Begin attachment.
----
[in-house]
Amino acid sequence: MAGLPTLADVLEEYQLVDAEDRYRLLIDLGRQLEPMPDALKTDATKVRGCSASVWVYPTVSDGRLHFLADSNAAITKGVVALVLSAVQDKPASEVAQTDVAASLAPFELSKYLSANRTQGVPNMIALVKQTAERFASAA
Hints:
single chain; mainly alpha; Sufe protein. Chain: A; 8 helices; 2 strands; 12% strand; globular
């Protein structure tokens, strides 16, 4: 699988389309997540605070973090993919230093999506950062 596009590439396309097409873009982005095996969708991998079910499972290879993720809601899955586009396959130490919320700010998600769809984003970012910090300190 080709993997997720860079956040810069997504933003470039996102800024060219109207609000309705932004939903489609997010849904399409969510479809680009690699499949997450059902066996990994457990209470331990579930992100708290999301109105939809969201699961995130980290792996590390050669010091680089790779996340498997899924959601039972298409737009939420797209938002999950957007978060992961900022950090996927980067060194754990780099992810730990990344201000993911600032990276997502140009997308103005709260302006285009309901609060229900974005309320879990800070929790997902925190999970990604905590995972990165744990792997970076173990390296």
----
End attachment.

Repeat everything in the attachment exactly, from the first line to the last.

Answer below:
[in-house]
Amino acid sequence: MAGLPTLADVLEEYQLVDAEDRYRLLIDLGRQLEPMPDALKTDATKVRGCSASVWVYPTVSDGRLHFLADSNAAITKGVVALVLSAVQDKPASEVAQTDVAASLAPFELSKYLSANRTQGVPNMIALVKQTAERFASAA
Hints:
single chain; mainly alpha; Sufe protein. Chain: A; 8 helices; 2 strands; 12% strand; globular
């Protein structure tokens, strides 16, 4: 699988389309997540605070973090993919230093999506950062 596009590439396309097409873009982005095996969708991998079910499972290879993720809601899955586009396959130490919320700010998600769809984003970012910090300190 080709993997997720860079956040810069997504933003470039996102800024060219109207609000309705932004939903489609997010849904399409969510479809680009690699499949997450059902066996990994457990209470331990579930992100708290999301109105939809969201699961995130980290792996590390050669010091680089790779996340498997899924959601039972298409737009939420797209938002999950957007978060992961900022950090996927980067060194754990780099992810730990990344201000993911600032990276997502140009997308103005709260302006285009309901609060229900974005309320879990800070929790997902925190999970990604905590995972990165744990792997970076173990390296």